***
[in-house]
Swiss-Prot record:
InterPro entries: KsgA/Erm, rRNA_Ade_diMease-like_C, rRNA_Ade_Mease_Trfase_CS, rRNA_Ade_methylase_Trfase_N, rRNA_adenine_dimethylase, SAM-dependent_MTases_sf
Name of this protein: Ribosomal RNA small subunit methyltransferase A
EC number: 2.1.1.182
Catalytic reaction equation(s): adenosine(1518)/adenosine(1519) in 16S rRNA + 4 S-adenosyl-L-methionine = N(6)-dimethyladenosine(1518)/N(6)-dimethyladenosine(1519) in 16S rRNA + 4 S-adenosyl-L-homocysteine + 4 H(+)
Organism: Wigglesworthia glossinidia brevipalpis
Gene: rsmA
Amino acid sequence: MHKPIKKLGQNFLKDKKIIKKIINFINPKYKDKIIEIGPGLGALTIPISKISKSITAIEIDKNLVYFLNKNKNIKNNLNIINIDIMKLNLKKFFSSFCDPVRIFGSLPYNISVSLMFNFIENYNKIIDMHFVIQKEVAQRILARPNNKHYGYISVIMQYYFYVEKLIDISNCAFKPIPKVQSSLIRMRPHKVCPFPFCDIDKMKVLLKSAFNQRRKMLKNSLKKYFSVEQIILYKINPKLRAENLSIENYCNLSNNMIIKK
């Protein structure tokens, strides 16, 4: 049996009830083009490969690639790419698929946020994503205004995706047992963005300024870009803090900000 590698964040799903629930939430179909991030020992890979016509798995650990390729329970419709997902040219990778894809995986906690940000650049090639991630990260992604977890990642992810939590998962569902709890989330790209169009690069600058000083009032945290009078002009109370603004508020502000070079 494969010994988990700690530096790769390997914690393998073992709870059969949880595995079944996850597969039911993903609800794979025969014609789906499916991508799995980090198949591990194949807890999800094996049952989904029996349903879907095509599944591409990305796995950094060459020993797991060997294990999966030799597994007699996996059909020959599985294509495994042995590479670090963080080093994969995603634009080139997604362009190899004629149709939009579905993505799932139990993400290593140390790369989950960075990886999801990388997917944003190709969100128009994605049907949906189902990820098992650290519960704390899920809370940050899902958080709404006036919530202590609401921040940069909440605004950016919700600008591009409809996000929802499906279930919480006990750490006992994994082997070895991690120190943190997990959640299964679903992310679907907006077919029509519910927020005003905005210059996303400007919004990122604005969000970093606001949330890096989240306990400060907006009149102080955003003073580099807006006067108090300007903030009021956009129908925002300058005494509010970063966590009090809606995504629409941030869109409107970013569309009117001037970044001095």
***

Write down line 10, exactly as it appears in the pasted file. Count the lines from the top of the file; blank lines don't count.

């Protein structure tokens, strides 16, 4: 049996009830083009490969690639790419698929946020994503205004995706047992963005300024870009803090900000 590698964040799903629930939430179909991030020992890979016509798995650990390729329970419709997902040219990778894809995986906690940000650049090639991630990260992604977890990642992810939590998962569902709890989330790209169009690069600058000083009032945290009078002009109370603004508020502000070079 494969010994988990700690530096790769390997914690393998073992709870059969949880595995079944996850597969039911993903609800794979025969014609789906499916991508799995980090198949591990194949807890999800094996049952989904029996349903879907095509599944591409990305796995950094060459020993797991060997294990999966030799597994007699996996059909020959599985294509495994042995590479670090963080080093994969995603634009080139997604362009190899004629149709939009579905993505799932139990993400290593140390790369989950960075990886999801990388997917944003190709969100128009994605049907949906189902990820098992650290519960704390899920809370940050899902958080709404006036919530202590609401921040940069909440605004950016919700600008591009409809996000929802499906279930919480006990750490006992994994082997070895991690120190943190997990959640299964679903992310679907907006077919029509519910927020005003905005210059996303400007919004990122604005969000970093606001949330890096989240306990400060907006009149102080955003003073580099807006006067108090300007903030009021956009129908925002300058005494509010970063966590009090809606995504629409941030869109409107970013569309009117001037970044001095």